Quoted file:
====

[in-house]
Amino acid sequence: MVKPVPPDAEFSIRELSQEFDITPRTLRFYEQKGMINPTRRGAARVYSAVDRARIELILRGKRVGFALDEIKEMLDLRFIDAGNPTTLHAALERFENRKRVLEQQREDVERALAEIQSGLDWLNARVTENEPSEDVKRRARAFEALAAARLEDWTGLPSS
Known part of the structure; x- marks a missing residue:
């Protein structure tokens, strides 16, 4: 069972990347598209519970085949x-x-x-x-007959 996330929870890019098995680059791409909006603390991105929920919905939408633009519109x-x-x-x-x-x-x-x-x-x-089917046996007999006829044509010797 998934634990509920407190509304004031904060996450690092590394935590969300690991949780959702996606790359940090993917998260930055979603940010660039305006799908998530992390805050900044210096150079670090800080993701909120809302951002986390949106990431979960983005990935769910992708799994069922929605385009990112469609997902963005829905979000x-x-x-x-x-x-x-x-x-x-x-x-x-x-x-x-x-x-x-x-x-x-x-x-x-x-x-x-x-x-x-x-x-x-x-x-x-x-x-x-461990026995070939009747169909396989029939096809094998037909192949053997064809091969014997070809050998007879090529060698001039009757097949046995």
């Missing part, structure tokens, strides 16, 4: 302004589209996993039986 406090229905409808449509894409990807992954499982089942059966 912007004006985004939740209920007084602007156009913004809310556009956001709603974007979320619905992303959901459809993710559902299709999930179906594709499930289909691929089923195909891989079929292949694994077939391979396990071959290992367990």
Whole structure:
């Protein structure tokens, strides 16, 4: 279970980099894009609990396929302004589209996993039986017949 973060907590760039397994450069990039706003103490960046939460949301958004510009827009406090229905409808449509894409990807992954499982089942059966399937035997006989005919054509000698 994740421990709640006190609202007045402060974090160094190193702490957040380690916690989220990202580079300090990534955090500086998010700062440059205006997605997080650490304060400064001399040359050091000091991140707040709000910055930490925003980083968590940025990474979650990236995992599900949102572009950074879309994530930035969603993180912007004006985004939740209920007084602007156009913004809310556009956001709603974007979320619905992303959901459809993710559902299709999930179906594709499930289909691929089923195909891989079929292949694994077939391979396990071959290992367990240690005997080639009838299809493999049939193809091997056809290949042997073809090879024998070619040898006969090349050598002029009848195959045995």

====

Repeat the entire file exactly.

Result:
[in-house]
Amino acid sequence: MVKPVPPDAEFSIRELSQEFDITPRTLRFYEQKGMINPTRRGAARVYSAVDRARIELILRGKRVGFALDEIKEMLDLRFIDAGNPTTLHAALERFENRKRVLEQQREDVERALAEIQSGLDWLNARVTENEPSEDVKRRARAFEALAAARLEDWTGLPSS
Known part of the structure; x- marks a missing residue:
């Protein structure tokens, strides 16, 4: 069972990347598209519970085949x-x-x-x-007959 996330929870890019098995680059791409909006603390991105929920919905939408633009519109x-x-x-x-x-x-x-x-x-x-089917046996007999006829044509010797 998934634990509920407190509304004031904060996450690092590394935590969300690991949780959702996606790359940090993917998260930055979603940010660039305006799908998530992390805050900044210096150079670090800080993701909120809302951002986390949106990431979960983005990935769910992708799994069922929605385009990112469609997902963005829905979000x-x-x-x-x-x-x-x-x-x-x-x-x-x-x-x-x-x-x-x-x-x-x-x-x-x-x-x-x-x-x-x-x-x-x-x-x-x-x-x-461990026995070939009747169909396989029939096809094998037909192949053997064809091969014997070809050998007879090529060698001039009757097949046995």
């Missing part, structure tokens, strides 16, 4: 302004589209996993039986 406090229905409808449509894409990807992954499982089942059966 912007004006985004939740209920007084602007156009913004809310556009956001709603974007979320619905992303959901459809993710559902299709999930179906594709499930289909691929089923195909891989079929292949694994077939391979396990071959290992367990």
Whole structure:
């Protein structure tokens, strides 16, 4: 279970980099894009609990396929302004589209996993039986017949 973060907590760039397994450069990039706003103490960046939460949301958004510009827009406090229905409808449509894409990807992954499982089942059966399937035997006989005919054509000698 994740421990709640006190609202007045402060974090160094190193702490957040380690916690989220990202580079300090990534955090500086998010700062440059205006997605997080650490304060400064001399040359050091000091991140707040709000910055930490925003980083968590940025990474979650990236995992599900949102572009950074879309994530930035969603993180912007004006985004939740209920007084602007156009913004809310556009956001709603974007979320619905992303959901459809993710559902299709999930179906594709499930289909691929089923195909891989079929292949694994077939391979396990071959290992367990240690005997080639009838299809493999049939193809091997056809290949042997073809090879024998070619040898006969090349050598002029009848195959045995």